As far as your infinite loop subcategorization, I can sort of see having the "sister" categories (animal/animalia) being linked that way (although I consider it a far from optimal solution), but I really don't understand the bio/chem/biochem loop. If I'm looking at the Biochemistry Category page, there are links to Biology and Chemistry at the bottom, since it is a subcategory of them. If I am looking at the Biology or Chemistry page, then there is a link to Biochemistry in the subcategories section of the page. Why add the redundant links created by making the more general categories subcats of the most specific one? I'm sure you've got a reason, I just don't see it. ~ MD "Webster" Otley (talk) 04:55, 18 November 2008 (UTC)

Those lonely materialists

  • All contributing editors must believe the universe and life on earth were created by God.

Imagine the plight of those lonely materialists who don't believe this. Where did it all come from, then? (If there was a big "bang", what caused that? Sure, infinity and eternity are hard to grasp, but how is it any harder to believe in a universe which never existed but spontaneously came into being without a First Cause?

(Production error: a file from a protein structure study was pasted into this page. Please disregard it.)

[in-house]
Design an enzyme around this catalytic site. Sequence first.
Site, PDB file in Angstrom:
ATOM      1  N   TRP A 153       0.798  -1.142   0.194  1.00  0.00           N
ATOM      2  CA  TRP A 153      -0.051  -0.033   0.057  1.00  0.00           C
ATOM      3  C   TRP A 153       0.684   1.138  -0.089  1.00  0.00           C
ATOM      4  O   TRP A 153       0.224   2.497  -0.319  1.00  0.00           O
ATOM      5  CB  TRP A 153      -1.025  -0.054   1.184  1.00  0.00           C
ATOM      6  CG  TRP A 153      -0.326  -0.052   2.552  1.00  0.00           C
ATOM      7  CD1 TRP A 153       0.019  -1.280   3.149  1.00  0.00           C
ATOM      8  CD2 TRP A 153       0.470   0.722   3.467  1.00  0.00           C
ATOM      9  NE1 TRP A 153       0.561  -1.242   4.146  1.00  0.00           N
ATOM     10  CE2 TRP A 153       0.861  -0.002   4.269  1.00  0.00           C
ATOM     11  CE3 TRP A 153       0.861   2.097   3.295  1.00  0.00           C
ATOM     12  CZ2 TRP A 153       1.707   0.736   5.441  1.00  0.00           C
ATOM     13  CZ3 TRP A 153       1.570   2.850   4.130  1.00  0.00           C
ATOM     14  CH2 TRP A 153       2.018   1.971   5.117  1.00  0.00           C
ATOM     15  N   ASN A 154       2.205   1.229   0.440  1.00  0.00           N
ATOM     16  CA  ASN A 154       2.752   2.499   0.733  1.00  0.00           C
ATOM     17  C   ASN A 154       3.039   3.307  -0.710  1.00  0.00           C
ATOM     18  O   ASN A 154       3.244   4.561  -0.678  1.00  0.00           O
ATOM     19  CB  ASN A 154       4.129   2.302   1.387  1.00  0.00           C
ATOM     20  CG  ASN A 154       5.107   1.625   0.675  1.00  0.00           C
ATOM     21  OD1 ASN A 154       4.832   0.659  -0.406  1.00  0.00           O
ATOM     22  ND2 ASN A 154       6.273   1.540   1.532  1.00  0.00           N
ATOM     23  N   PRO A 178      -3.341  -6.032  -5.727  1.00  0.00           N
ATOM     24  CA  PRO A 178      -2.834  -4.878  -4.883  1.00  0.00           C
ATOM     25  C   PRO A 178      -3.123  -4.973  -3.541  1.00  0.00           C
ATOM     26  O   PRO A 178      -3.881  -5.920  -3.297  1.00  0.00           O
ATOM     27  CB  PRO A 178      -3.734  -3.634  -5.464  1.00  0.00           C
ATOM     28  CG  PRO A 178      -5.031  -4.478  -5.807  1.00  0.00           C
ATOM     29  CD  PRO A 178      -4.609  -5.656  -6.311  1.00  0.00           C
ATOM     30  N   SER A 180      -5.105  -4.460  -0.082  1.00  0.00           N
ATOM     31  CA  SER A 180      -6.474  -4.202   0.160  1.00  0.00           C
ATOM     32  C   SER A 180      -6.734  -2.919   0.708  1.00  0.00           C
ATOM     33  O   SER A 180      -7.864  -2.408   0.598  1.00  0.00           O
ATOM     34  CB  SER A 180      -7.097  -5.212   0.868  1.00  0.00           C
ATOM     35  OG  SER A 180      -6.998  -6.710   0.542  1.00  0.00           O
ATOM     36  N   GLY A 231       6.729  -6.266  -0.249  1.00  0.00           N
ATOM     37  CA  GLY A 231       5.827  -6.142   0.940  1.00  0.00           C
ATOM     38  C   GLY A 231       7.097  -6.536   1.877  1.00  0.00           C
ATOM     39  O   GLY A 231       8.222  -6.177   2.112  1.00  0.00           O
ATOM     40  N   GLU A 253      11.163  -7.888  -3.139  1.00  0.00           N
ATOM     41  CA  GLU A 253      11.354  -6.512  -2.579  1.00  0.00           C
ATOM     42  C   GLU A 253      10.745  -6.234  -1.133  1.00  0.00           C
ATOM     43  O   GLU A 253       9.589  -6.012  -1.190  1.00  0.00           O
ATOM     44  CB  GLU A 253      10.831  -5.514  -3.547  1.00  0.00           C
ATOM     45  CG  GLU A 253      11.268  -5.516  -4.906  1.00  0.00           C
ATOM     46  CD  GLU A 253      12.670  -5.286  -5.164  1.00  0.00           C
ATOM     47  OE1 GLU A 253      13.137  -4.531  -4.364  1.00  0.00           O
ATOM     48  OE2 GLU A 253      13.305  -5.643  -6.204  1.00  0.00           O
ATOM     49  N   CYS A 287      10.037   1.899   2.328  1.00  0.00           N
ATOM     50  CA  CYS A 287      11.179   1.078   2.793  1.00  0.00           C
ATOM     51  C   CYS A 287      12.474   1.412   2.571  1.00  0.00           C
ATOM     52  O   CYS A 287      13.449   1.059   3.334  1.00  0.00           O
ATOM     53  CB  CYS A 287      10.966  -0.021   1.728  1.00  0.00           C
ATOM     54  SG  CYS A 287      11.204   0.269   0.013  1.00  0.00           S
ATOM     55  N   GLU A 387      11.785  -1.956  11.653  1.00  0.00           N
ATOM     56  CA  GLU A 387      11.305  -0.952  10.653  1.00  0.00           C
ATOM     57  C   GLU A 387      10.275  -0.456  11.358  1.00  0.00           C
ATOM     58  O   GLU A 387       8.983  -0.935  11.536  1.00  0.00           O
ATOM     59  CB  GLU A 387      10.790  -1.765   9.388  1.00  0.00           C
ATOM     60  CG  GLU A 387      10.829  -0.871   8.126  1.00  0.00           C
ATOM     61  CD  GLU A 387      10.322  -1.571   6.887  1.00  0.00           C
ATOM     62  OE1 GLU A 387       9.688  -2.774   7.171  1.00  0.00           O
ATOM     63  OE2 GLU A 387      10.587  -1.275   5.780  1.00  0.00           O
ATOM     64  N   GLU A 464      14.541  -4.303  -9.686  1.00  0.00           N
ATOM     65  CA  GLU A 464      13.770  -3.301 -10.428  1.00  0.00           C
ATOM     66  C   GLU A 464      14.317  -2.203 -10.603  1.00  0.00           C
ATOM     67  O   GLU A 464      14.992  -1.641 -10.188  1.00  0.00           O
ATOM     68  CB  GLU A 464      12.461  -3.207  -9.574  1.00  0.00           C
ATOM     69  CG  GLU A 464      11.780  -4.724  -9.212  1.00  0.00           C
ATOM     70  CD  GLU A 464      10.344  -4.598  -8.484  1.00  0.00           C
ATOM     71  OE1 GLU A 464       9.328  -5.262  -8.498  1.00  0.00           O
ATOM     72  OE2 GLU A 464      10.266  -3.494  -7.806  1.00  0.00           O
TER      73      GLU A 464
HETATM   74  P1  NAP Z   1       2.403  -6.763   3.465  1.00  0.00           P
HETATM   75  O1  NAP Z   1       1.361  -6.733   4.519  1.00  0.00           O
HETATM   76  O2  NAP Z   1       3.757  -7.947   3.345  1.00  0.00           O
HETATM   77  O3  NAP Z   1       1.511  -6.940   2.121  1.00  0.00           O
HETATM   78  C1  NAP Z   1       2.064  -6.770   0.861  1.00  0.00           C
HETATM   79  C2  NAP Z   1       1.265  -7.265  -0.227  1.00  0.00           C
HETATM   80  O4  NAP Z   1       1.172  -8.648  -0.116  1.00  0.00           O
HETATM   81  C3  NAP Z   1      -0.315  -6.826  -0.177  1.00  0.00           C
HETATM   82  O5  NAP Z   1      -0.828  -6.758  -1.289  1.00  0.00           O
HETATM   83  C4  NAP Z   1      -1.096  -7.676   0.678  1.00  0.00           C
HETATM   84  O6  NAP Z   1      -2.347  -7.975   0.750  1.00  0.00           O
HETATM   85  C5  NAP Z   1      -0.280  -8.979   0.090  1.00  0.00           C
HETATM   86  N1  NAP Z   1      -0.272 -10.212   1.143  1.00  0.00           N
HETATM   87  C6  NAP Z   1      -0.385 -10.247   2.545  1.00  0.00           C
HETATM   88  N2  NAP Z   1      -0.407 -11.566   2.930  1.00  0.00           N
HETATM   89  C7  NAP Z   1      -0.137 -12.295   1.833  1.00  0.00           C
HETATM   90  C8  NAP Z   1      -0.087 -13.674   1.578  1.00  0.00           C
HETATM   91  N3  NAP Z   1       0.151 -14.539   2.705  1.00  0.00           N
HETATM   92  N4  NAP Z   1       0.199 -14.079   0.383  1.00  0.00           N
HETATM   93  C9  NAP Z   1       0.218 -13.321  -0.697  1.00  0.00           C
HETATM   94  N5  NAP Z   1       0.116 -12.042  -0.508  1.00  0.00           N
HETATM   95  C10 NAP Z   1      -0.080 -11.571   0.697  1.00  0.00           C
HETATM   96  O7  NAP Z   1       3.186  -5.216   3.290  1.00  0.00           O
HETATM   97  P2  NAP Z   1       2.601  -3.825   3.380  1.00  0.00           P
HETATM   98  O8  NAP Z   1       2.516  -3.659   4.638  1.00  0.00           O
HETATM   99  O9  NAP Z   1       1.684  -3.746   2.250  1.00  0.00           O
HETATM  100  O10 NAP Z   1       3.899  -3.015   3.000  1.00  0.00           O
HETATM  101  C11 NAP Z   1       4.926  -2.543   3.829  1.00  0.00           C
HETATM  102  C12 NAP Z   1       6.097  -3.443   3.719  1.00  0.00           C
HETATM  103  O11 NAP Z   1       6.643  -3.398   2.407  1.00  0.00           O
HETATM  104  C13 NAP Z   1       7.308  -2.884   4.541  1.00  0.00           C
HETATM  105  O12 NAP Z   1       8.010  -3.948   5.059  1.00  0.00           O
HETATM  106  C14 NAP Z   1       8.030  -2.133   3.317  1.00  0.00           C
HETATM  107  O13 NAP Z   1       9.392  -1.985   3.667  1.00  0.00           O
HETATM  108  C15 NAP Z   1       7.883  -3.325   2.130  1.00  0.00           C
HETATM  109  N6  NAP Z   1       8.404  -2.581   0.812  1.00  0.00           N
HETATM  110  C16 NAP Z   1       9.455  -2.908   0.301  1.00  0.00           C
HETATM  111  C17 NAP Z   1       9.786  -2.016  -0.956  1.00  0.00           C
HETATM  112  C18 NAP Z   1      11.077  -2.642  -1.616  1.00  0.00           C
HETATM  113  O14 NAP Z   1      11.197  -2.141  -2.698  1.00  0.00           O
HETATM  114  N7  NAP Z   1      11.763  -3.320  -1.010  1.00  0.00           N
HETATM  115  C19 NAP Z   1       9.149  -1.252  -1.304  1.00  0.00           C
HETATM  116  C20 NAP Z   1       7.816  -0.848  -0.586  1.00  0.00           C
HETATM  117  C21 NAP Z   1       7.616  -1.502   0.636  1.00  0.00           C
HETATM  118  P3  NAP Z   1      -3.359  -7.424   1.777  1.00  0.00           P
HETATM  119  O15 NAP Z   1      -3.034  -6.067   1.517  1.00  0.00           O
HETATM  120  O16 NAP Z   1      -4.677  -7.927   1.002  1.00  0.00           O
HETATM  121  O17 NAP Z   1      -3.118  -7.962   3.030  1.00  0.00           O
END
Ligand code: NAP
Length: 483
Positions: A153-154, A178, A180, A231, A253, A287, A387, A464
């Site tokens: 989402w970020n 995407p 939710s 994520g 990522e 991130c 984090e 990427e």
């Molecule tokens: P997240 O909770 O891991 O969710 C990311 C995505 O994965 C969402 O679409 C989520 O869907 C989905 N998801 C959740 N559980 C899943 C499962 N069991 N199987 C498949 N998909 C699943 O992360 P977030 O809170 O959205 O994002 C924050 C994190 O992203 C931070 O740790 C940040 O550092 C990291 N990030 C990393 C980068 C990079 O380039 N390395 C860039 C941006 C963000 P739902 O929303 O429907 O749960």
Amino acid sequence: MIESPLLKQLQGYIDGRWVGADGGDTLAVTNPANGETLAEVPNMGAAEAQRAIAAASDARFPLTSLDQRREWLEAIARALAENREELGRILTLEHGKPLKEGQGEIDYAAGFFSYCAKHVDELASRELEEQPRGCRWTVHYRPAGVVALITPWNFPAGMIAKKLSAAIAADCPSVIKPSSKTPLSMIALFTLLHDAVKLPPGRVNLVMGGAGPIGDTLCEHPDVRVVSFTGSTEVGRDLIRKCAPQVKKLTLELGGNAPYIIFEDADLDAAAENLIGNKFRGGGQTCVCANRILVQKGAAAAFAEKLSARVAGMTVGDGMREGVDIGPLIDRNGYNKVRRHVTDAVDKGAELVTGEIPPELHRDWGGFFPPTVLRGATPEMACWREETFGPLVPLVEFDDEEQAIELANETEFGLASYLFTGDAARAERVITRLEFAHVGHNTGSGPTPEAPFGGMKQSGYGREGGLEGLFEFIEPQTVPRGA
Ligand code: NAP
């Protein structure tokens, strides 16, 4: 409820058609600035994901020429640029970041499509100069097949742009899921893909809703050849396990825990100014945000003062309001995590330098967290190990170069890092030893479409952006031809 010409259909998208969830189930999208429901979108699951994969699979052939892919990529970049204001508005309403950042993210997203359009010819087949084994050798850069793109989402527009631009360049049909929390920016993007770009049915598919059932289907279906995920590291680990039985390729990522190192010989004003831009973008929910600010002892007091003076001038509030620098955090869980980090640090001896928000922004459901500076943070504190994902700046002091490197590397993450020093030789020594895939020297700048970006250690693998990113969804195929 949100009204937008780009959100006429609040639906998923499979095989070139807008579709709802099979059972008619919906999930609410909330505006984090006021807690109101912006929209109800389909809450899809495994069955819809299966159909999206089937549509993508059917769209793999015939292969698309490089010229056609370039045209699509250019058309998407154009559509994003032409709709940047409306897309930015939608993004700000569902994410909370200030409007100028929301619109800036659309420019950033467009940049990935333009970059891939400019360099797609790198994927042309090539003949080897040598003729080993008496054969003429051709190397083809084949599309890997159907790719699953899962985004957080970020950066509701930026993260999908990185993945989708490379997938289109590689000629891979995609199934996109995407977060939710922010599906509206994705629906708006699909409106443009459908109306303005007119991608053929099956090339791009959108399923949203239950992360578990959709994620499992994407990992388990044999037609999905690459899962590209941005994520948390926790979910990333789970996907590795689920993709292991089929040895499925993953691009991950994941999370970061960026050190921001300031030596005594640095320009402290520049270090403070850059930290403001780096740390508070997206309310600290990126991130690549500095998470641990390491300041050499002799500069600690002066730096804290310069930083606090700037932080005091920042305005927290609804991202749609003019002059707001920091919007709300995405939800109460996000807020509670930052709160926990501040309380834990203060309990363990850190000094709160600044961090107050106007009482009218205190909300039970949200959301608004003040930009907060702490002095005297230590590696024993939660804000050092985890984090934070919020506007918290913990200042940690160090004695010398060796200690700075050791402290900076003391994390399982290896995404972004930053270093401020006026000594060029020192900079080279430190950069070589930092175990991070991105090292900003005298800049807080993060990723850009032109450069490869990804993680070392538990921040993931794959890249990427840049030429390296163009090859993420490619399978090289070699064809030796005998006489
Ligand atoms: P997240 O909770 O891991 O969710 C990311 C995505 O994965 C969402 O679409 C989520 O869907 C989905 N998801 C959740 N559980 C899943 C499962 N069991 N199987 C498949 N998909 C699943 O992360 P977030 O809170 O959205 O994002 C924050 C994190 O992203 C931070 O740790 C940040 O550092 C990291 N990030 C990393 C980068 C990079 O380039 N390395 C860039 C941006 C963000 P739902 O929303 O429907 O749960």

I don't find it easy to believe in God. I do struggle from time to time, due to my empiricist upbringing. But my heart goes out to those who are "sure there is no God". They have locked themselves out and thrown away the key. Why can't they at least have an open mind? --Ed Poor 21:26, 18 November 2008 (UTC)

Say, Ed, we have an essay system over here, same as on Conservapedia. Better yet, essays have their own namespace, named, appropriately enough, Essay. You should expand on the above and post that as an essay.--TemlakosTalk 22:21, 18 November 2008 (UTC)
What do you mean by an essay system? Sorry, I'm fairly new to wikis Heavenbound56 19:29, 27 November 2009 (UTC)
Essays are original compositions. They can be opinion pieces, scientific reviews, or even original research.